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Cats hurt P&C (re)insurance 2017 underwriting results

The majority of P&C (re)insurers in our coverage reported an underwriting loss for 2017 due to the impact of the year's catastrophe events.

The year is set to be one of the costliest on record for the industry, with claims estimated at more than $100bn.

Hurricanes Harvey and Irma were initially expected to cost $30bn each, while Maria losses were pegged as high as $50bn+ after the storm devastated Puerto Rico. However, those initial estimates were much higher than incurred losses and claims tallies are expected to further decrease as companies continue to report less impact than first anticipated.

Acquisition costs ratio

However, the earthquakes in Mexico along with the wildfires in California in October and December added further billions to the loss tally.

Bermuda

Due to their heavily cat-oriented portfolios, Bermuda-based carriers were among the most exposed to hurricane losses, along with London-based carriers and the global reinsurers, with losses from the events equivalent to around 10 percent of shareholders' equity.

Compared to other peer groups, Bermudians struggled the most last year as they not only saw six quarters of profits wiped out by major catastrophe losses, but also experienced higher underlying claims inflation.

Management teams consistently addressed the issue of increased frequency and attritional losses during earnings calls.

Bermuda loss ratios

Moreover, executives noted that loss inflation had been one of the main drivers in pushing for rate rises at the January renewals, although initial hopes of a meaningful correction quickly dissipated towards the end of the year.

A number of carriers talked about further portfolio restructuring and exiting lines of business if rate increases failed to match loss-cost inflation.

Another earnings headwind was the issue of decreased contributions from reserve releases.

The reserve releases ratio for the group decreased from 5.9 percent to 4.0 percent in 2017 - the smallest contribution in the past five years. The ratio had been running at around 6-7 points on the combined ratio in prior periods.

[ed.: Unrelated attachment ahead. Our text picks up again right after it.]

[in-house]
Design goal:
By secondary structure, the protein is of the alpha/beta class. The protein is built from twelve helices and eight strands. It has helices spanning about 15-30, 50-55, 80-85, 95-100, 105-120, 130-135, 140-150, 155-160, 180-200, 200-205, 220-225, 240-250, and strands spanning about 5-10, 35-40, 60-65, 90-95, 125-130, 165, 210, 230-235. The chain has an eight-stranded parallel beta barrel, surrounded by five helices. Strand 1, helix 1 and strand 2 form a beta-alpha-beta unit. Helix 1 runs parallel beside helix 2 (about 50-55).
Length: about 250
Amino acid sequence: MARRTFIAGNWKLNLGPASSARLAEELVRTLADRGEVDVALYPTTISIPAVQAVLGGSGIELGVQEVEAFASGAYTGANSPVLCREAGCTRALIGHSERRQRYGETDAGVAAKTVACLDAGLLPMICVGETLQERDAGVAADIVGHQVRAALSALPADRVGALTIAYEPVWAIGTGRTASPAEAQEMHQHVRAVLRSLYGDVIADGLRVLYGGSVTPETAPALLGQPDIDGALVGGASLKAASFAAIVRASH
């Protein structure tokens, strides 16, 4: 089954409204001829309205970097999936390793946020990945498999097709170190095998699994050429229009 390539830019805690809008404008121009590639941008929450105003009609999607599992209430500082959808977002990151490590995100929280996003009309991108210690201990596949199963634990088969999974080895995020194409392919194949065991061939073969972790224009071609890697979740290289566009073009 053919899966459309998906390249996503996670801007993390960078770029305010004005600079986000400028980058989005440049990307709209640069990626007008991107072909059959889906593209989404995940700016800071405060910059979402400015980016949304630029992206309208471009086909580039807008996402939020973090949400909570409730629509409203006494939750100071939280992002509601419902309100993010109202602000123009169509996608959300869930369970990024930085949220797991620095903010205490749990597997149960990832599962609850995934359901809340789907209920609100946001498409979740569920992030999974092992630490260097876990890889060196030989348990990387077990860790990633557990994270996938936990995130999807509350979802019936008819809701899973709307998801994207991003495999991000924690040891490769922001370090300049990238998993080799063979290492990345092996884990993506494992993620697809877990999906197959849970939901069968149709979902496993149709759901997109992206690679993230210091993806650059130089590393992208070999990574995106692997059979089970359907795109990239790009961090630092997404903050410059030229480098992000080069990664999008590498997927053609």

US specialty

Some of the trends noticed at Bermudians were also echoed at US specialty carriers. Underlying erosion was present as well, as the specialty insurers posted higher core loss ratios in three of the four quarters of 2017 compared to the corresponding periods the previous year.

Prior-year developments

Management at several companies addressed the need to offset claims inflation by pushing for rate increases or by shifting their business mix. In particular, specialty players continued to shrink their reinsurance books over the past year, focusing instead on primary specialty, where risk-adjusted returns were more attractive.

Meanwhile, reserve releases reduced year on year at every specialty player in our composite except American Financial Group.

London

London-based (re)insurers again reported higher acquisition costs than the wider market, with the cost of placing business coming to 27 cents on the dollar for Beazley and Lancashire and 24 cents on the dollar for Hiscox. By comparison, the acquisition cost ratio for Bermudian carriers was 17.6 percent last year.

The London market has been struggling with elevated acquisition costs, a trend also noticed at Lloyd's.

Beazley's expense ratio ticked up by 70 basis points to 41.4 percent - its highest since 2013. The increase was entirely driven by the acquisition costs ratio, which rose to 27.8 percent last year from 27.1 percent in 2016, providing further evidence of London's systemic cost issue.

But these trends were offset by the performance of the carrier's specialty book, which had the best divisional underwriting result with a combined ratio of 89 percent, mainly supported by increased reserve releases.

The Londoners have also been pushing for growth in the US while reducing writings domestically.

For example, Hiscox reduced its London market portfolio while describing its US operation as "the standout performer". It noted that the US business had a "more normal loss experience and modest hurricane exposure".

Cat ratios

Lancashire was by far the most impacted by the 2017 catastrophes among its peers. Its loss ratio for the year was 78.4 percent, of which 42.5 points was attributable to cat losses, with exposure to Harvey, Irma and Maria, the Mexico City earthquake and the California wildfires. The company also posted lower contributions from reserve releases as well as an uptick in its core loss ratio.

Global Re

At our group of global reinsurers, results were mainly in line year on year when excluding catastrophe losses. Cats added more than 20 points at Everest Re, Munich Re and Swiss Re.

Underlying performances were varied, and reserve releases were also relatively similar to the prior year.

PandC combined ratios
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